Drugs

While illicit drugs are of course in and of themselves illegal, middle class substance abuse is rife across the western world. So much so in fact that the head of London’s Metropolitan Police last year criticised the hypocrisy of people with outwardly progressive politics thinking little of the consequences of their after-dinner line of cocaine. Cressida Dick called out members of the chattering classes who “happily think about global warming and fair trade, and environmental protection and all sorts of things, [such as] organic food”, and then go on to take a drug linked to death, violence and suffering both in the UK and in the countries in which it is produced.

Earlier this week, Britain’s National Crime Agency warned that drug dealers on the dark web are actually marketing their products as “vegan” and “ethically friendly” in an attempt to attract this type of user. Dick is of course entirely correct; pontificating about fair trade coffee and bananas prior to taking a drug whose very presence in your country has left behind it a trail of blood and misery is surely the very height of hypocrisy.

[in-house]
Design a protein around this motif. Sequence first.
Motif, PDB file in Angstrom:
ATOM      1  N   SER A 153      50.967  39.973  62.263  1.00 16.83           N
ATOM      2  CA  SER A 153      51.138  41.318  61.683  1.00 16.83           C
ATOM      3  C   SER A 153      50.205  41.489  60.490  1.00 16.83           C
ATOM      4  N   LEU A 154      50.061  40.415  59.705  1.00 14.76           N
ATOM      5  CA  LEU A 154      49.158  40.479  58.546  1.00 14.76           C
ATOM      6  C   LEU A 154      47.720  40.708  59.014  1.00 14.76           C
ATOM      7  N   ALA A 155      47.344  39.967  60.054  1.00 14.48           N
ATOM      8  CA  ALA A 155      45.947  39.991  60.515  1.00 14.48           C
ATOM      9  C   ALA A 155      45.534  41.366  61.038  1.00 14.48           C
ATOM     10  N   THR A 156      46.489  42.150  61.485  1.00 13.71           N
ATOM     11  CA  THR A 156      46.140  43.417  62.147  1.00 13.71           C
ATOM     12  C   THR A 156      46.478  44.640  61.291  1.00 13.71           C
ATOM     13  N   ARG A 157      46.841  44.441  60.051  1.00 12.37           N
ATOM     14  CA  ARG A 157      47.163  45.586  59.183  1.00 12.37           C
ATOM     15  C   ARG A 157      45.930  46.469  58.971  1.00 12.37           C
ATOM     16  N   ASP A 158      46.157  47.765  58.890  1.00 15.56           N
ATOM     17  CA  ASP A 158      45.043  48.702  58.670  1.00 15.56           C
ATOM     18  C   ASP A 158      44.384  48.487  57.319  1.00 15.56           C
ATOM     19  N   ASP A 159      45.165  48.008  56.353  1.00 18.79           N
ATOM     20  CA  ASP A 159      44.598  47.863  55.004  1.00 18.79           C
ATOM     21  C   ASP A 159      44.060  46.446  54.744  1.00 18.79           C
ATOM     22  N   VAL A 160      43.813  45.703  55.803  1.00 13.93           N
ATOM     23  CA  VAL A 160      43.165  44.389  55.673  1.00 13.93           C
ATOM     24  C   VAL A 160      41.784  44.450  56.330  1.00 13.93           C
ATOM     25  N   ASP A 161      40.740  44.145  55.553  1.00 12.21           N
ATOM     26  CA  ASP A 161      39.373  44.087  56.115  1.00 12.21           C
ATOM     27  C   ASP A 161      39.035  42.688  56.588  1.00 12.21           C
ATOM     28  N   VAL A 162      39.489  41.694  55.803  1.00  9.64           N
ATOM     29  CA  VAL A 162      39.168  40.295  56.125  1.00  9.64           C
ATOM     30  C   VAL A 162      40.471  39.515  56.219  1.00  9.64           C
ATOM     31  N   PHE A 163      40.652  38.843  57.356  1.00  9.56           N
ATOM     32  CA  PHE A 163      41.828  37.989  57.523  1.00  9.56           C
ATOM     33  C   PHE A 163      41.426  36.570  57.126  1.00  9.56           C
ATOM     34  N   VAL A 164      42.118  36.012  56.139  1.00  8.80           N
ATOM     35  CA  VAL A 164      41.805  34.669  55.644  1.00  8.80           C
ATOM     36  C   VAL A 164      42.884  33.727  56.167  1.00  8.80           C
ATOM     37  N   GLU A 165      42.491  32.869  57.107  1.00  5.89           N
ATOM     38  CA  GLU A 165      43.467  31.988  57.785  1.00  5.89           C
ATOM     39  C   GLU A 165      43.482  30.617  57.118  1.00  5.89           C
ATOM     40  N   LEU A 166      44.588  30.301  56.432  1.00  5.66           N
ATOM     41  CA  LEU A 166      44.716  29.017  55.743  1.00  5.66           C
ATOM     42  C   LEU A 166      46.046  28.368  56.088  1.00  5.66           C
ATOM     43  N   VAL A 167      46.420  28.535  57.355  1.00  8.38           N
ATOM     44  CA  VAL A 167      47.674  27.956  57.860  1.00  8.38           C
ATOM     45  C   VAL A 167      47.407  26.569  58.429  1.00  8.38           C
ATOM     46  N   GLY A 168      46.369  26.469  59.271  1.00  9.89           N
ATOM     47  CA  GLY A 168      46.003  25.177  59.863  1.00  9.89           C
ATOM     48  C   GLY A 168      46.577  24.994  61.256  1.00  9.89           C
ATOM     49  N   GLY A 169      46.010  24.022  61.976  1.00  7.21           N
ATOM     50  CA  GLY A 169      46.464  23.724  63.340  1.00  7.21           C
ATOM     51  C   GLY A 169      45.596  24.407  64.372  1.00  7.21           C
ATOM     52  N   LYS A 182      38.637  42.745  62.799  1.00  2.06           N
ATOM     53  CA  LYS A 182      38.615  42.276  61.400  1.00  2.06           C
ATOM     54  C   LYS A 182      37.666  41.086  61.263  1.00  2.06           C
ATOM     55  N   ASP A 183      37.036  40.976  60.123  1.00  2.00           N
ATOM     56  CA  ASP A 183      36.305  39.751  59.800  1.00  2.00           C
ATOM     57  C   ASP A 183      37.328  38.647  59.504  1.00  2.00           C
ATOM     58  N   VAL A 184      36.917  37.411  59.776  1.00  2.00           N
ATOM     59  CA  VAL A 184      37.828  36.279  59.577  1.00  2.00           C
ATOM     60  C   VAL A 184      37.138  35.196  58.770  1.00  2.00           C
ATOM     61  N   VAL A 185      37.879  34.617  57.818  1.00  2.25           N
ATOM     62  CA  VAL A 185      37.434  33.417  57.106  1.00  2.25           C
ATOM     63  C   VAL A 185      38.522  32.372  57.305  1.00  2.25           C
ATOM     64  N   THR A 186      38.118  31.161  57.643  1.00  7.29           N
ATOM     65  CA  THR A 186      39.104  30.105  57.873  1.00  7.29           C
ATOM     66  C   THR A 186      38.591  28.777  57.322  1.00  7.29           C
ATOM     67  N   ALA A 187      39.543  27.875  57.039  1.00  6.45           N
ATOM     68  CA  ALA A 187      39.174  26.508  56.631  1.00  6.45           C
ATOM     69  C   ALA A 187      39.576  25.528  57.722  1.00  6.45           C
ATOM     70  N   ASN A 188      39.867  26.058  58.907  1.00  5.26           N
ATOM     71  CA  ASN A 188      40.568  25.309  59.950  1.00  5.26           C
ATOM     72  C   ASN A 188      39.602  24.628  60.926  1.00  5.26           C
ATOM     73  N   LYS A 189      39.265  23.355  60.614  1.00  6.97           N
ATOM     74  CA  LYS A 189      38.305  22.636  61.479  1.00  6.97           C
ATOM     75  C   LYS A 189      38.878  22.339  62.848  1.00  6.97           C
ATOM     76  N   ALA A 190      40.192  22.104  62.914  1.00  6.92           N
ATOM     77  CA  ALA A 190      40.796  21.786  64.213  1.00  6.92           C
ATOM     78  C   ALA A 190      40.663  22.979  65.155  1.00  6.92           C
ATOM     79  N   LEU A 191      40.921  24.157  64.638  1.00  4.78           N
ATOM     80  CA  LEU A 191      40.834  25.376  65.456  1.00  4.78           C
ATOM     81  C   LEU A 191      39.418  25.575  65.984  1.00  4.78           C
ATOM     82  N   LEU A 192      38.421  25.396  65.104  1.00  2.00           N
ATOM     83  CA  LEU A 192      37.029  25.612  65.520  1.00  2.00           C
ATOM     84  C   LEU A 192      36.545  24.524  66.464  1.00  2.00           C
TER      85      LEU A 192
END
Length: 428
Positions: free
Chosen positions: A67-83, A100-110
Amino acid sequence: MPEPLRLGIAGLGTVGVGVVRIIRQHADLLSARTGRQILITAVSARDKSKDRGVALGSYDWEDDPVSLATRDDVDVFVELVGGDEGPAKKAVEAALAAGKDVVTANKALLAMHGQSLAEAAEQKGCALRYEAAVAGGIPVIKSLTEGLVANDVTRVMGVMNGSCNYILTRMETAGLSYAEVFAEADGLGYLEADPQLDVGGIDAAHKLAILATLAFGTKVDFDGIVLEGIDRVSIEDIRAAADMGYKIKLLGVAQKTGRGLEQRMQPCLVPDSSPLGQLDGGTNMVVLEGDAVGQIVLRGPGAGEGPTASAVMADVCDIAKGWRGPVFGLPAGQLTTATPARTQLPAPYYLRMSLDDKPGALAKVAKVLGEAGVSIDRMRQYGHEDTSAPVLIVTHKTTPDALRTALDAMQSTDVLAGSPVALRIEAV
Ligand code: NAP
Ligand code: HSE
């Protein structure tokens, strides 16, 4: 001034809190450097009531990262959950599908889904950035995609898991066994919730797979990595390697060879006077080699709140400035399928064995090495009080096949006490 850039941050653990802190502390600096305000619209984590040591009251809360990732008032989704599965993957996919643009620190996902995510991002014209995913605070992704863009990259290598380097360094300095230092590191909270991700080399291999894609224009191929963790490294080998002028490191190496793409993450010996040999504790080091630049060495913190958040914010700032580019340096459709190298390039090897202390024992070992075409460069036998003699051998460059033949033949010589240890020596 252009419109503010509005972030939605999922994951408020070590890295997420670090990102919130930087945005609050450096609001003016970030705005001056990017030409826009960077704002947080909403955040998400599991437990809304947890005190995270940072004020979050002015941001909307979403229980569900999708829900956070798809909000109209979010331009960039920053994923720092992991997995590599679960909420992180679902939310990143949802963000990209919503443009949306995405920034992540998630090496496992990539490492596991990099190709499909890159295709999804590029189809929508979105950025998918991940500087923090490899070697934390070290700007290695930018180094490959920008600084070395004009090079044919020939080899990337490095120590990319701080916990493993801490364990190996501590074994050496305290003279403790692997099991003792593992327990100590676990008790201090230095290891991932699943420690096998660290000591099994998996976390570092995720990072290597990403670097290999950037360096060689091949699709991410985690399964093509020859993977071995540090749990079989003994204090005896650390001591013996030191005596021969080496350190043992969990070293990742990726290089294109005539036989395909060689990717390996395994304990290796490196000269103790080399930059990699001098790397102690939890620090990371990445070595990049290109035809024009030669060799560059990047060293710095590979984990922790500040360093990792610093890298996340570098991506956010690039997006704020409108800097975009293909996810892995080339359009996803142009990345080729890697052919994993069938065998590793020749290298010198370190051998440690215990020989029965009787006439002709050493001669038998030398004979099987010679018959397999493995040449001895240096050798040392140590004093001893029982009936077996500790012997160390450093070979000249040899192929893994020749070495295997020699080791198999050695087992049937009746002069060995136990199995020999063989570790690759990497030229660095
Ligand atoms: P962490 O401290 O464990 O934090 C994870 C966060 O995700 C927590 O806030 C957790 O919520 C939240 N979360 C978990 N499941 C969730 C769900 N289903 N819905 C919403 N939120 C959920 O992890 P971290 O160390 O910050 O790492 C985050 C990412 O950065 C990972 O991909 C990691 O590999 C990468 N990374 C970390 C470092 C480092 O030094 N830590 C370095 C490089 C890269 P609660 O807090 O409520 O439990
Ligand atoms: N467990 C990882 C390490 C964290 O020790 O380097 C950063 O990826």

Food

The perennially virtuous are often very keen on using food as a means by which to signal their progressive attitudes towards other sentient beings and the wellbeing of the planet in general. Leaving aside the fact that those who complain about factory farming are typically nowhere near as vocal when it comes to barbaric religious slaughter methods that ought to be outlawed – vegetarians, vegans and those who like to boast about how everything they eat is ethically sourced can be surprisingly ignorant about the role forced labour and crime can play in getting the food they eat on their table.